By its gimmicky title, The “$100 Startup” may seem more like a give-away from a late-night infomercial than a practical business book. But this book should never be confused with any late night promise of instant wealth or government grants. It serves as a good resource for those wanting to know how starting a small business actually works.
Written by 30-something whiz kid Chris Guillebeau, The “$100 Startup” centers on the testimony of 1,500 individuals who built businesses earning $50,000 or more from modest investments, in many cases $100 or less.
Guillebeau chooses the 50 most intriguing from this group and identifies the commonalities of people starting businesses based on their lifestyle, personal expertise and passion.
The rise of the micro-business is the new reality of many people still crippled by the economic upheaval of recent years. Long gone are the days of borrowing to the hilt, betting the farm (or home), or quitting one’s job to test a business idea.
According to Guillebeau, entrepreneurship and the rise of the Internet are the chief catalysts of this new small business development wave. He reinforces his points through interviews with his case studies.
Some of those profiled are accidental entrepreneurs that had a service that consumers desired. Many devised ways of doing what they truly wanted to do while prioritizing their families and other personal needs.
The “$100 Startup” spends a lot of time discussing the expertise that each business owner had and how they matched a skill set with a product or service that people wanted to pay for. Starting on a smaller scale, an idea can be tested for feasibility in the market before larger investments (including money and time) are taken on.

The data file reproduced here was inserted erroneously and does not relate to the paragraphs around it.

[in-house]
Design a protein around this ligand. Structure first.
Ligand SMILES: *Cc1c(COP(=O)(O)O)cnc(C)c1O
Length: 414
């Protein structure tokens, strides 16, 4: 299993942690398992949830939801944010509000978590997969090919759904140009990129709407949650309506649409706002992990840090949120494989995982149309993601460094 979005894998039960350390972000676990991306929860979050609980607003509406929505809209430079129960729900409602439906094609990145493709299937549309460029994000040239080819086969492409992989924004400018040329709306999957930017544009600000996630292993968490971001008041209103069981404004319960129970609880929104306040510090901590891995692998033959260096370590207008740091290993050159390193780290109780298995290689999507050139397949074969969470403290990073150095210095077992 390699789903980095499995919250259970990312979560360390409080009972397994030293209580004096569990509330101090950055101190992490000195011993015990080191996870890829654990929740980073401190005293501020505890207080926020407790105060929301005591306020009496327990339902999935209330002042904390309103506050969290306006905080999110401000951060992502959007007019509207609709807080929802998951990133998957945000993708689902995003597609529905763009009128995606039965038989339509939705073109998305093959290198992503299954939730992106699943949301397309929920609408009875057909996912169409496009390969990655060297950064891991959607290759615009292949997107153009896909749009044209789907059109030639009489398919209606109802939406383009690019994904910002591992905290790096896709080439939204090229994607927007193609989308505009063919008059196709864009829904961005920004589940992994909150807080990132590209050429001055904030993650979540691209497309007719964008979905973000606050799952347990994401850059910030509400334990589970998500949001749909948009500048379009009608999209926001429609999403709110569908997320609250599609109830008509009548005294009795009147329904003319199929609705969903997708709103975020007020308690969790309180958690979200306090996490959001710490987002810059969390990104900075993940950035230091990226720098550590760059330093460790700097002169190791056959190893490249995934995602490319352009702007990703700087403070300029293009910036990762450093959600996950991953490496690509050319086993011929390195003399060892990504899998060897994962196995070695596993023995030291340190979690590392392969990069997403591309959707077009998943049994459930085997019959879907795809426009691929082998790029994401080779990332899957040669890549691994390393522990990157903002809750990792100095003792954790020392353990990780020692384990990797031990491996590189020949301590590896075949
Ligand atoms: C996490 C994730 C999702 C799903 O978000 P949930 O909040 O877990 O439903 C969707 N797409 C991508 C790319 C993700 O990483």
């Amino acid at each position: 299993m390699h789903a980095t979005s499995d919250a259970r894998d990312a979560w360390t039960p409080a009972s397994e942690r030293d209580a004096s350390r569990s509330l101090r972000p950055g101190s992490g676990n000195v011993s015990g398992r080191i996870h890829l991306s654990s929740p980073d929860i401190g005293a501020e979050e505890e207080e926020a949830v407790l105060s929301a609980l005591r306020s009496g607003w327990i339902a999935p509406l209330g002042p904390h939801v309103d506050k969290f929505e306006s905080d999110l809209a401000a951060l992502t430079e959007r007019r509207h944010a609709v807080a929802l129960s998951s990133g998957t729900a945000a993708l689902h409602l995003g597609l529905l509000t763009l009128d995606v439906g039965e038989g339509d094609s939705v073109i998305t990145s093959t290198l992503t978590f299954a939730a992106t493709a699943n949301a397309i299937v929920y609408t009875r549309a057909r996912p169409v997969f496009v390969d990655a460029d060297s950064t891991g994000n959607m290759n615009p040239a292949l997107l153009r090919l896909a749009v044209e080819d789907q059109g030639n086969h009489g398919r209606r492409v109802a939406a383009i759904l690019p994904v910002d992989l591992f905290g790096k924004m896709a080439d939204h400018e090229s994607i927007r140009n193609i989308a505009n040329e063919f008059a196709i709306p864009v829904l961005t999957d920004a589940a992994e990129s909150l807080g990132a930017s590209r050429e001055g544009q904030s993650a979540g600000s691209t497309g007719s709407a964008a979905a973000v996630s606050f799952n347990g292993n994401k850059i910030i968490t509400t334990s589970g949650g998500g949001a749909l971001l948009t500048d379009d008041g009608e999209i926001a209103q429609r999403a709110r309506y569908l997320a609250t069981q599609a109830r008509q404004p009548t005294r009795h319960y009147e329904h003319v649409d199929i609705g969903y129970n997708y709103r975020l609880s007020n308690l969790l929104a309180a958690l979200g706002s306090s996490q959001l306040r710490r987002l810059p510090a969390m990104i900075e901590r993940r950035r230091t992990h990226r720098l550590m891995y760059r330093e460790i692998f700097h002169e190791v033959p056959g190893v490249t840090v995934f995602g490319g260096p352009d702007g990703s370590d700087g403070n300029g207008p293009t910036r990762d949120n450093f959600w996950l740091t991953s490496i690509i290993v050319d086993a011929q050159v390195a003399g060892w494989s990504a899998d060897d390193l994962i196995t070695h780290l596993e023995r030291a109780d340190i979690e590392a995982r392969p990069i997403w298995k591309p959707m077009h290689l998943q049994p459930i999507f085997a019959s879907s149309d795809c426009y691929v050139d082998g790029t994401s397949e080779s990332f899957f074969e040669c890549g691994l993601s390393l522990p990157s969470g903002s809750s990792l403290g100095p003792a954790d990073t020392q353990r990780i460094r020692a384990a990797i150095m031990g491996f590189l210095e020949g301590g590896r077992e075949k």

The book’s entrepreneur profiles were the most interesting component. Guillebeau stresses that not everything one is passionate about is that interesting to everyone else (“I may be passionate about eating pizza, but no one is going to pay me to do it.”)
Take the Excel spreadsheet expert who built an online business of downloadable guides and trainings that nets $136,000 annually. Or the veteran sales executive that is laid off and then starts a successful business selling bed mattress that he delivers by bicycle. Or the woman from Omaha who sells custom made wedding dresses to brides all over the world. In each case the business was built around the owner’s interests and lifestyle with limited start-up overhead costs.
The “$100 Startup” shows how much money these entrepreneurs needed to get their projects started, how they generated funding, and key mistakes they made along the way.
Much of this start small mentality is possible because of niche demands of today’s market place. Guillebeau’s examples are easy to relate to because they aren’t all “pie in the sky.” Many are cautionary tales that readers can read and learn from.
He also includes bulleted summaries of pivotal areas such as pricing, business plans, marketing, business expansion and a relevant summary of how to write a mission statement.
This minimalist approach to business development counters many prevailing theories of job creation. Indeed, there are many people in northern Michigan who pattern their business around their expertise and family life while spending money locally, paying taxes, and sending their children to our local schools.
Some of these small start-up businesses grow from home-based businesses into larger companies that provide a significant employment, such as Hagerty Insurance or Baabaazuzu.
No matter how you slice it, it is clear that the micro-businesses phenomenon is playing out in a positive way for northern Michigan.
Chris Wendel serves the Grand Traverse Region as a Business Consultant and Lender with Northern Initiatives, a private, nonprofit community development corporation that provides rural entrepreneurs with access to capital, information and markets.